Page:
Vatican introduces new norms for Eastern rite married priests

17.11.2014, 12:49
The Congregation for Eastern Churches led by Cardinal Sandri has decided that these priests can minister outside the dioceses where they normally serve

Married priests of Eastern Rite Catholic churches will now be allowed to carry out pastoral work outside the areas where they traditionally minister, namely the Middle East and Eastern Europe. This means they will be able to follow their faithful to whichever country they immigrate to. The decision became official when Francis approved a document by the Congregation for the Oriental Churches titled Pontificia Praecepta de clero Uxorato Orientali. The document was signed by teh dicastery’s Prefect, Cardinal Leonardo Sandri on 14 June 2014. In reality, little is going to change in Italy and other countries where there are not yet any areas of jurisdiction for Eastern rite immigrants as there are in the US, Britain and France. Only the Holy See will have the power to allow married clergy to serve within its boundaries, only in specific and exceptional cases, after it has conferred with the relevant Bishops’ Conferences.

The move is still an important sign, however, as it is a step toward guaranteeing spiritual support to immigrants belonging to Eastern rite Churches who often switch to the Orthodox Church because of the lack of clergy from their own Churches in the countries they go to live in. In the US, the document recalls, “the presence of married ministers sparked a protest among Latin bishops who claim their presence provoked a `gravissimum scandalum´ among Latin faithful. For this reason, the Congregation for Propaganda Fide issued a decree on 1 October 1890, prohibiting married clergy to reside in the US.” This ban was then extended to other Eastern Churches and territories outside the Americas and Europe. This meant that around 200 thousand faithful switched over to the Orthodox faith.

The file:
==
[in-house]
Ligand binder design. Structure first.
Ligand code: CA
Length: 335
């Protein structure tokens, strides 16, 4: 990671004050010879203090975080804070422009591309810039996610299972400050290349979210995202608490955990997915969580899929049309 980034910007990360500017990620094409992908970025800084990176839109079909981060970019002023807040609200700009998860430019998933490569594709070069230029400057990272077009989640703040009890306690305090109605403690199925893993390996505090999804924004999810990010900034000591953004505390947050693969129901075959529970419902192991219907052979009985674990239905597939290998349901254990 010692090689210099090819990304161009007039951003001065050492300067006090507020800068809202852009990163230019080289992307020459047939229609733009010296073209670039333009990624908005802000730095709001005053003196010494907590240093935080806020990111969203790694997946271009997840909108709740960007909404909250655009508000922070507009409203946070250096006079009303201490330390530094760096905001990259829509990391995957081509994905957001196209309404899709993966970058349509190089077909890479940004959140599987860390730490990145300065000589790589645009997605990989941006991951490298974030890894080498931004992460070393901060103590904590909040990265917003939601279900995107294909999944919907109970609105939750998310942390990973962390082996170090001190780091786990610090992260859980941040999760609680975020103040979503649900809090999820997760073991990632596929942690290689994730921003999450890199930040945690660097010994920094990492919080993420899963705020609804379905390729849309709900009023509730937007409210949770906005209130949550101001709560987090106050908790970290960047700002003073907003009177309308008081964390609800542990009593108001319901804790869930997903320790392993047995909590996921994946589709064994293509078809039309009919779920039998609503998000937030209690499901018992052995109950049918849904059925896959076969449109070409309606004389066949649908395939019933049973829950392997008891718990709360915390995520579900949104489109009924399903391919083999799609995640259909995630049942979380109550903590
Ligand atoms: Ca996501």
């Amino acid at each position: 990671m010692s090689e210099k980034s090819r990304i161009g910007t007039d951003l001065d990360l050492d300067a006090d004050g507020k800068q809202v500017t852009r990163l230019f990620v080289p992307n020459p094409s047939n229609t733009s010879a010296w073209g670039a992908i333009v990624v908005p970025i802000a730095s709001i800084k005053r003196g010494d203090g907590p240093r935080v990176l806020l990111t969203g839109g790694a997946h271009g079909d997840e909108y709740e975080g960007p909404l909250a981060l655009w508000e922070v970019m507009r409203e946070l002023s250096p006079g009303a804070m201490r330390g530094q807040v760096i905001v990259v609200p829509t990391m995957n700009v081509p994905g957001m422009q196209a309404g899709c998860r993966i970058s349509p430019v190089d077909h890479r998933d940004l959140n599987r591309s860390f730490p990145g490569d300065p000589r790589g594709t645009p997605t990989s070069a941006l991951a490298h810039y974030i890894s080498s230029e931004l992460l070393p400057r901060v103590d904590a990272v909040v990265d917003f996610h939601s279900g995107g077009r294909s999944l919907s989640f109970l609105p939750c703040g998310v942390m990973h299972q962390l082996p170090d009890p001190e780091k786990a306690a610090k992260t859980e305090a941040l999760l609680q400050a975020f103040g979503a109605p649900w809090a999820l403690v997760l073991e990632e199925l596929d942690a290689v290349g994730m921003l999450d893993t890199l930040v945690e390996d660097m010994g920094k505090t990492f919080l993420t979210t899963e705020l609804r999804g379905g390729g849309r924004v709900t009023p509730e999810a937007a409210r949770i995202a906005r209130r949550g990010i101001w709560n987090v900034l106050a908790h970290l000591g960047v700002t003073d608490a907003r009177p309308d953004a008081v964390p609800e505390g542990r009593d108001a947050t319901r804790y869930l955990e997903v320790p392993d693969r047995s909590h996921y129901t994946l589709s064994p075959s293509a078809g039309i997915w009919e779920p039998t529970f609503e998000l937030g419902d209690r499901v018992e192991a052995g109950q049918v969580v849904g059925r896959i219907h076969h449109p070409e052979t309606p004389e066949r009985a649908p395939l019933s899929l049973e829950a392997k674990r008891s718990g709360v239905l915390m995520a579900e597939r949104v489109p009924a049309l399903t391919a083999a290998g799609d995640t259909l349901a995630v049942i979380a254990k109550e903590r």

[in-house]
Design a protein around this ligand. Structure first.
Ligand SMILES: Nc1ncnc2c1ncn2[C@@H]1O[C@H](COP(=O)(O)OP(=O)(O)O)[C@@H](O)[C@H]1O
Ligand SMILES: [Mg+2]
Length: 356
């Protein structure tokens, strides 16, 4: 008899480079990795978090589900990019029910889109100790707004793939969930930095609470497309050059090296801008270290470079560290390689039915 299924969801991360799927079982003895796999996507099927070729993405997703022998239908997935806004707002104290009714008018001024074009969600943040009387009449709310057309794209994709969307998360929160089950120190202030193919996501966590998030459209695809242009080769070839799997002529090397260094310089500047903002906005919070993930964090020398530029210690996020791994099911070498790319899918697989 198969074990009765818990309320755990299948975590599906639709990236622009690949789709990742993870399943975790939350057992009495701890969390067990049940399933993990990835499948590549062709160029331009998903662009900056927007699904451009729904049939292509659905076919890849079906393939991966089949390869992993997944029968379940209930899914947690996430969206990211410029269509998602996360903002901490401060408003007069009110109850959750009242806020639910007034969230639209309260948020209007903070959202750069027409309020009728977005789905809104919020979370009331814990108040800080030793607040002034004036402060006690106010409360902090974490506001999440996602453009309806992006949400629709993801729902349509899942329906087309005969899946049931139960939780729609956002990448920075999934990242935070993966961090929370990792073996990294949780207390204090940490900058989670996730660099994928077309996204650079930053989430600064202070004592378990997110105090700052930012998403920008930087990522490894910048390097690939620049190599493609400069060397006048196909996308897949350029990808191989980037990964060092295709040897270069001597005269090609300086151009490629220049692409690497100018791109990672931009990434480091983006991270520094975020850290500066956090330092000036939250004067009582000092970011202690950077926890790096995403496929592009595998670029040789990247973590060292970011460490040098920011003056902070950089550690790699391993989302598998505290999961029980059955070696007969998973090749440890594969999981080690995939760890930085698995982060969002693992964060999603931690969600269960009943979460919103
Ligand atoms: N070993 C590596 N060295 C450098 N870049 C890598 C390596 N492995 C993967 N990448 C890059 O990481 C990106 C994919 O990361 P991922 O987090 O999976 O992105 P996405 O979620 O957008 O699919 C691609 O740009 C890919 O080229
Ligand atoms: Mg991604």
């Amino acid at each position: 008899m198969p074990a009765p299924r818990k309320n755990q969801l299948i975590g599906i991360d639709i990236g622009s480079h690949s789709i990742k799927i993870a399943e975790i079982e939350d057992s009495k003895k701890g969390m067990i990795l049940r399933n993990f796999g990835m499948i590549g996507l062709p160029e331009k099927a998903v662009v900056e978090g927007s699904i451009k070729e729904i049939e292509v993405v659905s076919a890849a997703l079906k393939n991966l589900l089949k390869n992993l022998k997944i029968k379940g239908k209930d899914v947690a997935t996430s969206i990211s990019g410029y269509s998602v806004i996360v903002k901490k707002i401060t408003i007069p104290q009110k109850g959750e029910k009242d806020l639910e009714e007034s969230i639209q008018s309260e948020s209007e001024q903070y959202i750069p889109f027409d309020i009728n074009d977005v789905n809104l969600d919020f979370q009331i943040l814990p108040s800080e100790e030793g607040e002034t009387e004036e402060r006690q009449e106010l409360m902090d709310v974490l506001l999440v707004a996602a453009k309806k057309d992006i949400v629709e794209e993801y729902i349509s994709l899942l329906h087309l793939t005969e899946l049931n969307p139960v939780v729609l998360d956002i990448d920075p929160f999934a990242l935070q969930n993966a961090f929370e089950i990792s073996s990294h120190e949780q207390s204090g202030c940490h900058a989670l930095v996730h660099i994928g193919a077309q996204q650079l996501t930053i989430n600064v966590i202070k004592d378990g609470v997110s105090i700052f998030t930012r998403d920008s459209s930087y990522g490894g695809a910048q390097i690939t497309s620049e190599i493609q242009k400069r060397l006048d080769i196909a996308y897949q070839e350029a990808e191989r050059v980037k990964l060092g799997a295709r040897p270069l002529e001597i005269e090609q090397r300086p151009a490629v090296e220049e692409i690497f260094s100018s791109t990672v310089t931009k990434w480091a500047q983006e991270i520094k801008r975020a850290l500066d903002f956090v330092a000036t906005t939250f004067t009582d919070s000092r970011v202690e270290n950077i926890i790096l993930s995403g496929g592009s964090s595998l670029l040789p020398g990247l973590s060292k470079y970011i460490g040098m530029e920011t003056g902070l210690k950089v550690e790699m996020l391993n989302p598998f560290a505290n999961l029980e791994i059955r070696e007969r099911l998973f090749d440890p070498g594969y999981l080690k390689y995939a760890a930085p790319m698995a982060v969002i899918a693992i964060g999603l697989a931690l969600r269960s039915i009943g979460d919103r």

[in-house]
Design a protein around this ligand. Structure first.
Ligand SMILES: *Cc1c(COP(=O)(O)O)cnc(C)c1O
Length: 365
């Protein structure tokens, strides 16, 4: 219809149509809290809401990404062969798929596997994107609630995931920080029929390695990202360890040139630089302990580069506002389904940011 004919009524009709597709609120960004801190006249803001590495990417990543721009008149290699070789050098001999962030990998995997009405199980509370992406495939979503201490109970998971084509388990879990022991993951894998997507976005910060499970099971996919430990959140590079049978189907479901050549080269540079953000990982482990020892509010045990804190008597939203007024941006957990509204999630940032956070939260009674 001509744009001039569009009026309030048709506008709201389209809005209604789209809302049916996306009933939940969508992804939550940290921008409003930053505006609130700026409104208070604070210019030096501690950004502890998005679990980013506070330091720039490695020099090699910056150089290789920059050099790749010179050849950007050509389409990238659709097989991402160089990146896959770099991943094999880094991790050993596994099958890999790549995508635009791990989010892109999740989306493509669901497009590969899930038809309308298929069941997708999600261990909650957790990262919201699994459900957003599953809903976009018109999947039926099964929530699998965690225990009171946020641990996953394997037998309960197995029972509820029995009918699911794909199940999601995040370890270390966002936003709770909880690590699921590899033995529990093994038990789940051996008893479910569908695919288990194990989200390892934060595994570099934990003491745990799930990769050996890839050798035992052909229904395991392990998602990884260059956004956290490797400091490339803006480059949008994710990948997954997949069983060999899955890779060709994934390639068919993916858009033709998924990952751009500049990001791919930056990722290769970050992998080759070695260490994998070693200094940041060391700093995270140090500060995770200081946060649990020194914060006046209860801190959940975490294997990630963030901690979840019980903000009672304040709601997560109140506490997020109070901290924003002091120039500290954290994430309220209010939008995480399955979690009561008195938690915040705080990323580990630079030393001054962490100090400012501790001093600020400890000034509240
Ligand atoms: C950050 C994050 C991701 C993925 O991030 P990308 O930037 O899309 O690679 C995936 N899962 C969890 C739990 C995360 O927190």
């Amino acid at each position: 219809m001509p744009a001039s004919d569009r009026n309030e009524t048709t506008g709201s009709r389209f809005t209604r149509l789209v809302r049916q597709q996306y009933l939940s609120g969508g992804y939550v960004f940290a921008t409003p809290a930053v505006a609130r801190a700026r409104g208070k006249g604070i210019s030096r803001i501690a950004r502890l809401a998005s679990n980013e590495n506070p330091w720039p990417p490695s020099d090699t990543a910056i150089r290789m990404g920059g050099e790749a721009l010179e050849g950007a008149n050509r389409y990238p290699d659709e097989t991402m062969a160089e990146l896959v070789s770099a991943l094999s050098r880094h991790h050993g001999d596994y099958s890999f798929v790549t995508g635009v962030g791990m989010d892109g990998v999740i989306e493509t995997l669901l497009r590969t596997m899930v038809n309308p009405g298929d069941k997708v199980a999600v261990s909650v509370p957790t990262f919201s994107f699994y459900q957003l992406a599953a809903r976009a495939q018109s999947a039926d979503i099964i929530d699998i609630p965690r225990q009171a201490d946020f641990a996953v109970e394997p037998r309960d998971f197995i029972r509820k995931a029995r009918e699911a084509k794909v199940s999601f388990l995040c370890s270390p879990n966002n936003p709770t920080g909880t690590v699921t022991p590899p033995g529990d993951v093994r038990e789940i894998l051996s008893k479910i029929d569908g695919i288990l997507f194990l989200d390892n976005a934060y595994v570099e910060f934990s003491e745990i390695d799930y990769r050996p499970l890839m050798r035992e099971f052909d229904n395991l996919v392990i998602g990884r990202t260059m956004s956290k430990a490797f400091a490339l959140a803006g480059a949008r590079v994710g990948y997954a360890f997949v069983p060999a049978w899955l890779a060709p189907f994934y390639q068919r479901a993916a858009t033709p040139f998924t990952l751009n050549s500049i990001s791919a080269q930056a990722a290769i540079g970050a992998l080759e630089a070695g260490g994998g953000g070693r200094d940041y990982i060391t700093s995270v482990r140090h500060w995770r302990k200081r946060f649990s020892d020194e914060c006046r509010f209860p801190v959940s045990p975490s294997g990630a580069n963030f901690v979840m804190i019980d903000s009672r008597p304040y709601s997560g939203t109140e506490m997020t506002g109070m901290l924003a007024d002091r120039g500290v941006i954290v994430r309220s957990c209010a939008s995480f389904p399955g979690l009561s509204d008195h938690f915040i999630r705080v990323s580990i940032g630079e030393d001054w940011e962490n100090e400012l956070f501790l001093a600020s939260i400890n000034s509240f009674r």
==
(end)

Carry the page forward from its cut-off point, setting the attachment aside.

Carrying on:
From now on, – similarly to what Benedict XVI did for Anglo-Catholics in 2009 – Eastern Ordinaries will also be able to ordain married Eastern candidates from their respective area of jurisdiction. The Latin bishop in charge of the area where the candidate is resident will need to be informed prior to this in writing, so that he can offer his own opinion and provide any other useful information. However, in countries such as Italy - where Eastern faithful have no specific administrative structure they can use as a reference point and are therefore placed under the care of local Latin bishops – the rules have not changed so only the Holy See has the power to admit married clergy, having first consulted local bishops.

15 November 2014 Vatican Insider